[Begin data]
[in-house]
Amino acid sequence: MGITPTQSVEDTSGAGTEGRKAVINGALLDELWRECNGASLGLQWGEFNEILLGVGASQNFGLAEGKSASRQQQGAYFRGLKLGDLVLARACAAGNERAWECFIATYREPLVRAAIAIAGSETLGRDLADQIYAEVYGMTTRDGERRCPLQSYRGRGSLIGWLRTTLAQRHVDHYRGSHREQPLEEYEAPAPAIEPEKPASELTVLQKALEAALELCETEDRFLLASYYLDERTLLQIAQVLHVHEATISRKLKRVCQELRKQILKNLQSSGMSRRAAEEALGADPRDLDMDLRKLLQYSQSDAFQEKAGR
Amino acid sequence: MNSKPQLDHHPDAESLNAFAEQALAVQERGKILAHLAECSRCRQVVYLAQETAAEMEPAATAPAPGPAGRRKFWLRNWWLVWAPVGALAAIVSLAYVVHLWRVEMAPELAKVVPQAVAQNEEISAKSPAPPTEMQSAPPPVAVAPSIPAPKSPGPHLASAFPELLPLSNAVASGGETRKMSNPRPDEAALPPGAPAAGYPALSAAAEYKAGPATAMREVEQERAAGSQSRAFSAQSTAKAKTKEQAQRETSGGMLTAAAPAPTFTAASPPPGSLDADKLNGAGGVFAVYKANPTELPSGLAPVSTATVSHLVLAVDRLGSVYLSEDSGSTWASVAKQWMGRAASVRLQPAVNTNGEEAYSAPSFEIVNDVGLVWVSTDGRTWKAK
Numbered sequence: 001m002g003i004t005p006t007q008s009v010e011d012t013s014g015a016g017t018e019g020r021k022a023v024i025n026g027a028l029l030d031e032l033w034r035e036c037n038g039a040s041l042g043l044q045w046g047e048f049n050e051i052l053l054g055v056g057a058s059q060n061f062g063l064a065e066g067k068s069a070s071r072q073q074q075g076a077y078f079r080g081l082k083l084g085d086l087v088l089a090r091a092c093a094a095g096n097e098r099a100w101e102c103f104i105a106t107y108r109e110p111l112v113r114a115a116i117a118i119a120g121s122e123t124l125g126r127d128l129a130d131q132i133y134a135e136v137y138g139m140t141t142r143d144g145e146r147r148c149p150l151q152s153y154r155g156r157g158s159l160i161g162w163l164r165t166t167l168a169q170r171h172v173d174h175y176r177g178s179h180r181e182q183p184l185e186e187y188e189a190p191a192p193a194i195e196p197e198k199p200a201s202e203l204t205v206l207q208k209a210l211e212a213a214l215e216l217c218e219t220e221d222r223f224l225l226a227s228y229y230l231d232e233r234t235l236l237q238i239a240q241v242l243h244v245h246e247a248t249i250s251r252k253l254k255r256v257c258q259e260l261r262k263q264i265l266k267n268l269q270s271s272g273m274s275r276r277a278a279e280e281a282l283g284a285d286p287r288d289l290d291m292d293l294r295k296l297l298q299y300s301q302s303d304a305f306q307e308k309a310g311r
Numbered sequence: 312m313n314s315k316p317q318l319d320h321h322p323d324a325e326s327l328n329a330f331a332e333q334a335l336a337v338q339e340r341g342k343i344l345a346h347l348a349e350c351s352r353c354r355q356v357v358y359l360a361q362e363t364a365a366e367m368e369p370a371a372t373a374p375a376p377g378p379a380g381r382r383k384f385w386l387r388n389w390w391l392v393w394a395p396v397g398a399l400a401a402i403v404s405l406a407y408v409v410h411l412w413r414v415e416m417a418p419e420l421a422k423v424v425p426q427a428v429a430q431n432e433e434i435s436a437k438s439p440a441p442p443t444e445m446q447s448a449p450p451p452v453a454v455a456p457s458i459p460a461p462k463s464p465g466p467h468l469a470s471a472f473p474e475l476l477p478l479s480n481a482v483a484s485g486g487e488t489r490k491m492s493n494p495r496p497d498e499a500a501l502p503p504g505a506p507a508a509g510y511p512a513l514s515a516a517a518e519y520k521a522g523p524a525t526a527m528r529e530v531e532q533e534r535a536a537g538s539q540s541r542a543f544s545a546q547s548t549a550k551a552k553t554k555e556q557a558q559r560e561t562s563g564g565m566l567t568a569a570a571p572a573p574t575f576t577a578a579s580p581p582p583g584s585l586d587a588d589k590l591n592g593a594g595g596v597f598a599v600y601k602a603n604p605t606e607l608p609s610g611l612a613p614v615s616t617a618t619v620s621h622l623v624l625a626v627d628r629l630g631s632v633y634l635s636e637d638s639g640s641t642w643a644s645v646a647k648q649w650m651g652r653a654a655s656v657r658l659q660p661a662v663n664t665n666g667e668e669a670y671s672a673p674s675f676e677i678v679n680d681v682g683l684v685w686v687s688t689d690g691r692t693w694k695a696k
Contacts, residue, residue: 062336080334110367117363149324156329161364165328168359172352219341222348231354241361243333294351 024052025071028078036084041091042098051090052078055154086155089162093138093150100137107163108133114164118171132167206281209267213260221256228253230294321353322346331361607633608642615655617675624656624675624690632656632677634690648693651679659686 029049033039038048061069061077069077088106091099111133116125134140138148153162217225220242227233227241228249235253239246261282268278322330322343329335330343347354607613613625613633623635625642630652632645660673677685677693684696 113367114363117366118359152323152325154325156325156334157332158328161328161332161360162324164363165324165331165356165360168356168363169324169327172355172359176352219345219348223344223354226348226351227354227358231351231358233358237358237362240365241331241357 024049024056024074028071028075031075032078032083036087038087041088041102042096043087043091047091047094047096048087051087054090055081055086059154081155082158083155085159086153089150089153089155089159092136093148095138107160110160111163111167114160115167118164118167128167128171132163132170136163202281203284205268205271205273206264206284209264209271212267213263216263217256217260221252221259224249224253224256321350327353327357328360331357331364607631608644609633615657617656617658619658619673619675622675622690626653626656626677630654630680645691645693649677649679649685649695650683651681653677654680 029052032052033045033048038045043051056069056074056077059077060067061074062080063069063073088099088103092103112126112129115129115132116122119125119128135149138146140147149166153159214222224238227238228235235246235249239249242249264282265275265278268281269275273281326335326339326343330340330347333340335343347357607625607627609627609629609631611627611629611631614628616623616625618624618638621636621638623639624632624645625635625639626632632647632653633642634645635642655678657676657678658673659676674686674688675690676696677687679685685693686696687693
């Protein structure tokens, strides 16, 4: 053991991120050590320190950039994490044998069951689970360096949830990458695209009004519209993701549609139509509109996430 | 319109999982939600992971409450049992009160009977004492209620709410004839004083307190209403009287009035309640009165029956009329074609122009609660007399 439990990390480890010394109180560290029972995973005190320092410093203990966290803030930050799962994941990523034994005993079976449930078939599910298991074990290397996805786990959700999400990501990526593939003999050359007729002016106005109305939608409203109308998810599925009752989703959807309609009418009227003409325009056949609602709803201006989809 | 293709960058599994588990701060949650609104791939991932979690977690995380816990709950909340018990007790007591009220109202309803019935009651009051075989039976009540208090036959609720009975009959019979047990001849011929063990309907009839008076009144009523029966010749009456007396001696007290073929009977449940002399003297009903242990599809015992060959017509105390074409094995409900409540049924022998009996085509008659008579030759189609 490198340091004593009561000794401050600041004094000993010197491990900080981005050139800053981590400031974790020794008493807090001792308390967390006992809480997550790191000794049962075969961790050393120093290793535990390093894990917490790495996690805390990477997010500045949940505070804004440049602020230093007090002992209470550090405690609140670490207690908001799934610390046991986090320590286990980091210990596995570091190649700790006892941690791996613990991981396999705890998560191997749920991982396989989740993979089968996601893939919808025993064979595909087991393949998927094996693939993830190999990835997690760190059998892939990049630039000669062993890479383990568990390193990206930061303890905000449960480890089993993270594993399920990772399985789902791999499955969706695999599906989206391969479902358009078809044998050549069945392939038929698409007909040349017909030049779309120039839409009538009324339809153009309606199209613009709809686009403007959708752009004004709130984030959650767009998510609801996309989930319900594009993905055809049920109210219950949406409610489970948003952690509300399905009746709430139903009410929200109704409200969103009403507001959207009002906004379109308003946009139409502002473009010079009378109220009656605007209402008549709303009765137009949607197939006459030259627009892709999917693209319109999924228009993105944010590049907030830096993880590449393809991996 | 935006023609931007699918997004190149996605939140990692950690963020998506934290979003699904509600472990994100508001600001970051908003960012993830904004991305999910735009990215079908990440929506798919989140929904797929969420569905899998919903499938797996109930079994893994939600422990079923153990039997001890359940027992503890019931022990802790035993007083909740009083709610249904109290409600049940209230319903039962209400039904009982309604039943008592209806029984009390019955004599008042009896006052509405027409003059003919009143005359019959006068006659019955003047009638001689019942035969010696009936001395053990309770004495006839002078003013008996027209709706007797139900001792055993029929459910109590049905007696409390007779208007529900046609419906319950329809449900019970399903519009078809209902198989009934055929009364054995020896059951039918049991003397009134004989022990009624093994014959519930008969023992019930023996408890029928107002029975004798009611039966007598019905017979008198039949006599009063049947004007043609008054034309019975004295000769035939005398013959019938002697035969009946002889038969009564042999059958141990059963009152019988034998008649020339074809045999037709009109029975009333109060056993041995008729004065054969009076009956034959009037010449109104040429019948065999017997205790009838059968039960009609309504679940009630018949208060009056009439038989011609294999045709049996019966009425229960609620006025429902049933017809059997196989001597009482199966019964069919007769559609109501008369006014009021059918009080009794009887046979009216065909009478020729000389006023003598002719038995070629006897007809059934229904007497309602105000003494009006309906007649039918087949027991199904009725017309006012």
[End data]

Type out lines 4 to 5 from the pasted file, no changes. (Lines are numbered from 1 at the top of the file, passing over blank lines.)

Numbered sequence: 001m002g003i004t005p006t007q008s009v010e011d012t013s014g015a016g017t018e019g020r021k022a023v024i025n026g027a028l029l030d031e032l033w034r035e036c037n038g039a040s041l042g043l044q045w046g047e048f049n050e051i052l053l054g055v056g057a058s059q060n061f062g063l064a065e066g067k068s069a070s071r072q073q074q075g076a077y078f079r080g081l082k083l084g085d086l087v088l089a090r091a092c093a094a095g096n097e098r099a100w101e102c103f104i105a106t107y108r109e110p111l112v113r114a115a116i117a118i119a120g121s122e123t124l125g126r127d128l129a130d131q132i133y134a135e136v137y138g139m140t141t142r143d144g145e146r147r148c149p150l151q152s153y154r155g156r157g158s159l160i161g162w163l164r165t166t167l168a169q170r171h172v173d174h175y176r177g178s179h180r181e182q183p184l185e186e187y188e189a190p191a192p193a194i195e196p197e198k199p200a201s202e203l204t205v206l207q208k209a210l211e212a213a214l215e216l217c218e219t220e221d222r223f224l225l226a227s228y229y230l231d232e233r234t235l236l237q238i239a240q241v242l243h244v245h246e247a248t249i250s251r252k253l254k255r256v257c258q259e260l261r262k263q264i265l266k267n268l269q270s271s272g273m274s275r276r277a278a279e280e281a282l283g284a285d286p287r288d289l290d291m292d293l294r295k296l297l298q299y300s301q302s303d304a305f306q307e308k309a310g311r
Numbered sequence: 312m313n314s315k316p317q318l319d320h321h322p323d324a325e326s327l328n329a330f331a332e333q334a335l336a337v338q339e340r341g342k343i344l345a346h347l348a349e350c351s352r353c354r355q356v357v358y359l360a361q362e363t364a365a366e367m368e369p370a371a372t373a374p375a376p377g378p379a380g381r382r383k384f385w386l387r388n389w390w391l392v393w394a395p396v397g398a399l400a401a402i403v404s405l406a407y408v409v410h411l412w413r414v415e416m417a418p419e420l421a422k423v424v425p426q427a428v429a430q431n432e433e434i435s436a437k438s439p440a441p442p443t444e445m446q447s448a449p450p451p452v453a454v455a456p457s458i459p460a461p462k463s464p465g466p467h468l469a470s471a472f473p474e475l476l477p478l479s480n481a482v483a484s485g486g487e488t489r490k491m492s493n494p495r496p497d498e499a500a501l502p503p504g505a506p507a508a509g510y511p512a513l514s515a516a517a518e519y520k521a522g523p524a525t526a527m528r529e530v531e532q533e534r535a536a537g538s539q540s541r542a543f544s545a546q547s548t549a550k551a552k553t554k555e556q557a558q559r560e561t562s563g564g565m566l567t568a569a570a571p572a573p574t575f576t577a578a579s580p581p582p583g584s585l586d587a588d589k590l591n592g593a594g595g596v597f598a599v600y601k602a603n604p605t606e607l608p609s610g611l612a613p614v615s616t617a618t619v620s621h622l623v624l625a626v627d628r629l630g631s632v633y634l635s636e637d638s639g640s641t642w643a644s645v646a647k648q649w650m651g652r653a654a655s656v657r658l659q660p661a662v663n664t665n666g667e668e669a670y671s672a673p674s675f676e677i678v679n680d681v682g683l684v685w686v687s688t689d690g691r692t693w694k695a696k